Originally written 22nd November 2017 for Varsity, but not published
Animated short film is not an easy thing to get into. Although lists of the greatest feature films of all time abound online, and you can see most buzzed-about films, no matter how obscure, if you’ve got a decent indie cinema nearby. For shorts, however, it’s a different story; apart from a handful of infamous experimental shorts like Meshes of the Afternoon or Un Chien Andalou, the history of short film is little-known and often-overlooked. And for animated shorts, a subcategory within a subcategory, there’s even less information available.
So, for my final column, I want to show some love for a few animated shorts that, although you might not have heard of before, are well worth your time. Some of these films are impressive for their sheer technical innovation, while others are impressive feats of wordless storytelling, but each one is wholly unique. They range from conventional narratives to surreal, abstract vignettes; they each come from a different country, from Japan to the Czech Republic; they may make you want to cry, or they may make you want to throw up, but I can guarantee that they will stick with you.
Sally Cruikshank – Quasi at the Quackadero
The most colourful, and perhaps the most unusual, film on this list, American cartoonist Sally Cruikshank’s Quasi at the Quackadero follows a stout anthropomorphised duck named Quasi as he explores a delirious, kaleidoscopic carnival. Although made in the mid-70s, Quasi seems to owe much of its stylistic inspiration to the LSD-soaked 60s; it’s beyond trippy, a bizarre cacophony of shapes and sounds that is constantly shifting, jumping from one psychedelic scene to the next, always finding some new way to disorient and confuse you. Even the B-movie-grade voice acting is strange and unnerving. Quasi’s slightly deranged style might scare some people off, but if you’re looking for something a bit leftfield, this is perfect.
Jan Švankmajer – Food
Jan Švankmajer is one of the few animators who can rival Cruikshank’s sheer weirdness. A veteran of the international animation community – his first short came out in 1964, and he’s still making new films at age 83 – Švankmajer specialises in claymation, but not the kind you will have seen in Wallace & Gromit. Food, his grotesquely comic 1992 short, combines live-action and stop-motion in three acts. To give you an idea of just how weird this gets, the first act features a man who essentially acts as a human vending machine – you pay by pulling out his tongue and making him swallow the coins, and you order by poking his eye. Švankmajer’s striking and occasionally very graphic physical humour isn’t for the faint of heart, but it is extremely imaginative and undoubtedly memorable.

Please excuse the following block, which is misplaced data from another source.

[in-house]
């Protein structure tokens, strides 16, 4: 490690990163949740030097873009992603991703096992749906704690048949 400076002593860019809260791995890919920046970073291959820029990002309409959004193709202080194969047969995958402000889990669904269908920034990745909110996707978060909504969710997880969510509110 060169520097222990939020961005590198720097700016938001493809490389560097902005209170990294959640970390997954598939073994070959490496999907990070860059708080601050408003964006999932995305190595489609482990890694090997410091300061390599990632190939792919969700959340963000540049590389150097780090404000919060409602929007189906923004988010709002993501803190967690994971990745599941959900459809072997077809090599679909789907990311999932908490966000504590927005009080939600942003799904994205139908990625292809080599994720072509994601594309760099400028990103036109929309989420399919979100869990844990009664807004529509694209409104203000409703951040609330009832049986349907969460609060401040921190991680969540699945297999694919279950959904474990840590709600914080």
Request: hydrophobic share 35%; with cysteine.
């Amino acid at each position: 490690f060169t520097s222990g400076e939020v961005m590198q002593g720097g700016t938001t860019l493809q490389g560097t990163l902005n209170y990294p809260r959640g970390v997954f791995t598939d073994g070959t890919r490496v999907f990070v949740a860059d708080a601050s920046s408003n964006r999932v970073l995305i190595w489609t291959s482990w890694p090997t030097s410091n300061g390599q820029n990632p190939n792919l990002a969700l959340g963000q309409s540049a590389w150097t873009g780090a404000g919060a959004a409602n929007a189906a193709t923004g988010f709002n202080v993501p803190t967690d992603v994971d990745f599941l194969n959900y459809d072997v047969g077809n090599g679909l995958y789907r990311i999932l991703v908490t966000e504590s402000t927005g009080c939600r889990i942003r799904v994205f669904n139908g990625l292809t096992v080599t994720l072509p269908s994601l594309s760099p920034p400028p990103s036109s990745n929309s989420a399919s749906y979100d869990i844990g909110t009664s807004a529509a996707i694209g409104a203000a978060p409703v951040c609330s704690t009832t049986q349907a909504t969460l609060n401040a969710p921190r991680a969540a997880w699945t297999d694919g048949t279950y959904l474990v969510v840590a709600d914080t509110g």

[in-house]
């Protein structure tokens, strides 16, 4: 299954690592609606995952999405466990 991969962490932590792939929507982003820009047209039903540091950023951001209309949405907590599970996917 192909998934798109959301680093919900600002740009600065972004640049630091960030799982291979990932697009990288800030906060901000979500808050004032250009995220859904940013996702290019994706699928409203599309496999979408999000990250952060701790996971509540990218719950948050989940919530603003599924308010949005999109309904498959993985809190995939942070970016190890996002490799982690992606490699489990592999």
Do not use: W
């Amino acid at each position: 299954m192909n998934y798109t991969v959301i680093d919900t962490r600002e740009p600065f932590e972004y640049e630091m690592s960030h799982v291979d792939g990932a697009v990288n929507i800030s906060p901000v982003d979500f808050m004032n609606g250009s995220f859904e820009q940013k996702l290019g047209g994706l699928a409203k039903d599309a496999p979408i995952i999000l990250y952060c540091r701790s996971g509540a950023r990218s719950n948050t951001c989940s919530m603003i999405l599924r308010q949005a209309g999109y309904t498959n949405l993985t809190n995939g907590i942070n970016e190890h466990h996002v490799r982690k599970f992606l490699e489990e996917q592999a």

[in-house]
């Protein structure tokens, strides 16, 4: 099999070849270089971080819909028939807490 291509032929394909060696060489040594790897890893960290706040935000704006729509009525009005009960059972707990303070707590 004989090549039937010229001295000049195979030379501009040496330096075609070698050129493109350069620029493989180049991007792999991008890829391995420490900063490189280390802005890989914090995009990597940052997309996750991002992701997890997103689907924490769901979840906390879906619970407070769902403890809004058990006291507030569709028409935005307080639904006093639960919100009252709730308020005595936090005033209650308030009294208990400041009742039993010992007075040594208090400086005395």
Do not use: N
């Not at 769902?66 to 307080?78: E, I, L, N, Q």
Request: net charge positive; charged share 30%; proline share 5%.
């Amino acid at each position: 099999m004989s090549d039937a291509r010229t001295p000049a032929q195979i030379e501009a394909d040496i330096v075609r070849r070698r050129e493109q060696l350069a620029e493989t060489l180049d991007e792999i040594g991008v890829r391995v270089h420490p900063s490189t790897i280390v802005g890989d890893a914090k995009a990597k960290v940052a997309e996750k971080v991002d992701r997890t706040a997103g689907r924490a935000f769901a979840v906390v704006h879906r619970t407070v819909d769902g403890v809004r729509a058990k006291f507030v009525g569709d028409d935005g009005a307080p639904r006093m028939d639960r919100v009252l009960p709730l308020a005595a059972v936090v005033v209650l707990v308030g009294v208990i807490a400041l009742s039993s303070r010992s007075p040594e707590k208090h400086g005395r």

Wendy Tilby & Amanda Forbis – When the Day Breaks
If Cruikshank and Švankmajer both sound like a bit much, Tilby & Forbis might be more up your alley. This short is less visually adventurous (although its shadowy backgrounds and jittery camera moves give it a distinct aesthetic), but it is one of the most poignant films I’ve ever seen, regardless of length. What seems to open as a cheery slice-of-life short quickly turns into a sombre meditation on death, urban life and the way people relate to one another as its protagonist is accidentally embroiled in a tragedy that, though it isn’t her fault, shakes her to her core. Tilby & Forbis’s style is sparse, usually placing only one or two things in the frame at a time, and this gives the film a distinct poetic quality, a quality that means, despite this short being less than 10 minutes long and featuring no dialogue, it is more moving than many films 10 times that length.
Kunio Kato – La Maison en Petits Cubes
Despite its whimsical French title, this Oscar-winning weepie is actually Japanese. Set in a future in which constant sea level rises forces people to build new floors on their home every few years, La Maison en Petits Cubes follows an elderly man who, accidentally dropping his pipe down the fishing hole he has carved into every floor of his house, is forced to dive back down to the very bottom to retrieve. As he descends floor by floor, a flood of nostalgic memories returns to him, and we see essentially see his entire life in reverse order. Don’t be fooled by this short’s picture book-esque, cartoony visuals – this is a deeply melancholic film, full of longing and loss. Think the Carl and Ellie scene from Up, except sadder.
Daisy Jacobs – The Bigger Picture
The most recent film on this list, Daisy Jacobs’ aptly-titled Bigger Picture is the only film I’ve ever seen to use life-size stop-motion – whereas most stop-motion animators use small-scale models for the sake of convenience, Jacobs combines to-scale wall paintings of her characters with (also to-scale) physical objects in the foreground. When one characters goes to pour the kettle, for example, a papier-mâché arm protrudes from the point where the arm is painted onto the wall, and grabs it. Jacobs finds lots of clever ways of manipulating this technique, and the story she tells is touching too, following two brothers as they struggle to decide how best to care for their aging mother.